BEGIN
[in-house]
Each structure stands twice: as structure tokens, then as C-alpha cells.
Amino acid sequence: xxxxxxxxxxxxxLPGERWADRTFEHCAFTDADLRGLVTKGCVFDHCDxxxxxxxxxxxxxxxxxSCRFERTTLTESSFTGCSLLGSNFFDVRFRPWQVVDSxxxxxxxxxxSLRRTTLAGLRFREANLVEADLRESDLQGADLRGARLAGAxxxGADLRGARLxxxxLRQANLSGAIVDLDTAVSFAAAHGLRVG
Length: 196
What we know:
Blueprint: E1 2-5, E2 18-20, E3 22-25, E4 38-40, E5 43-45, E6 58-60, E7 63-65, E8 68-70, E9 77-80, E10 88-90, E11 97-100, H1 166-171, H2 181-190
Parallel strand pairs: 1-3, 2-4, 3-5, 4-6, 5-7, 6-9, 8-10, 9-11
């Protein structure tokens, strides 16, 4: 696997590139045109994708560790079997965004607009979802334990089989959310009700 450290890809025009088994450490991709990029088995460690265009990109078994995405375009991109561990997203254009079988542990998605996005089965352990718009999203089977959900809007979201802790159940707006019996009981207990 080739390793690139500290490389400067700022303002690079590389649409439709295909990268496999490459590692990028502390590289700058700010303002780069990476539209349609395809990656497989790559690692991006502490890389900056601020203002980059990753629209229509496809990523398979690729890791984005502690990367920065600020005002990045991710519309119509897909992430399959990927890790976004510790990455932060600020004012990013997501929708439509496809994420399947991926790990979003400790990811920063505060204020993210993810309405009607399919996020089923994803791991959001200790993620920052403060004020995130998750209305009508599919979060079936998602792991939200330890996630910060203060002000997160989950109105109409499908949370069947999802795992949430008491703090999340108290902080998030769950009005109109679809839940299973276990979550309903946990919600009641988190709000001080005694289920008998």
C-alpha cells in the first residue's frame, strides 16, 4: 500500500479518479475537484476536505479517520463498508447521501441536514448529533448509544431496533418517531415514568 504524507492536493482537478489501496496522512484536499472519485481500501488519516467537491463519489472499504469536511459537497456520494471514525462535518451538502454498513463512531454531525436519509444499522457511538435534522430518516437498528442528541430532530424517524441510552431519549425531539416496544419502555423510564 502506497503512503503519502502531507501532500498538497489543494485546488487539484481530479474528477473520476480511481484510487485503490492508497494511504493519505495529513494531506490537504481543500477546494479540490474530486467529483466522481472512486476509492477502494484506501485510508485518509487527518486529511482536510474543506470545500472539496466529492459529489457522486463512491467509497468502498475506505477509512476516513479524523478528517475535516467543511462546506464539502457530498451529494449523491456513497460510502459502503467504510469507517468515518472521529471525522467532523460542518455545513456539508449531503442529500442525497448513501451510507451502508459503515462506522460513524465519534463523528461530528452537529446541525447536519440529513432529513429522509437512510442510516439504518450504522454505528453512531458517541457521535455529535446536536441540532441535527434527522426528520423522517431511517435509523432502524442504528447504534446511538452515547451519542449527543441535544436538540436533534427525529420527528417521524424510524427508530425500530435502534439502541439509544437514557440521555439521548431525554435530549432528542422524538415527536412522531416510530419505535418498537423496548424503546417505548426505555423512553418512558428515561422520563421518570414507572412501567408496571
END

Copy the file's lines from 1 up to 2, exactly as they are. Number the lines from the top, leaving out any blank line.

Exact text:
[in-house]
Each structure stands twice: as structure tokens, then as C-alpha cells.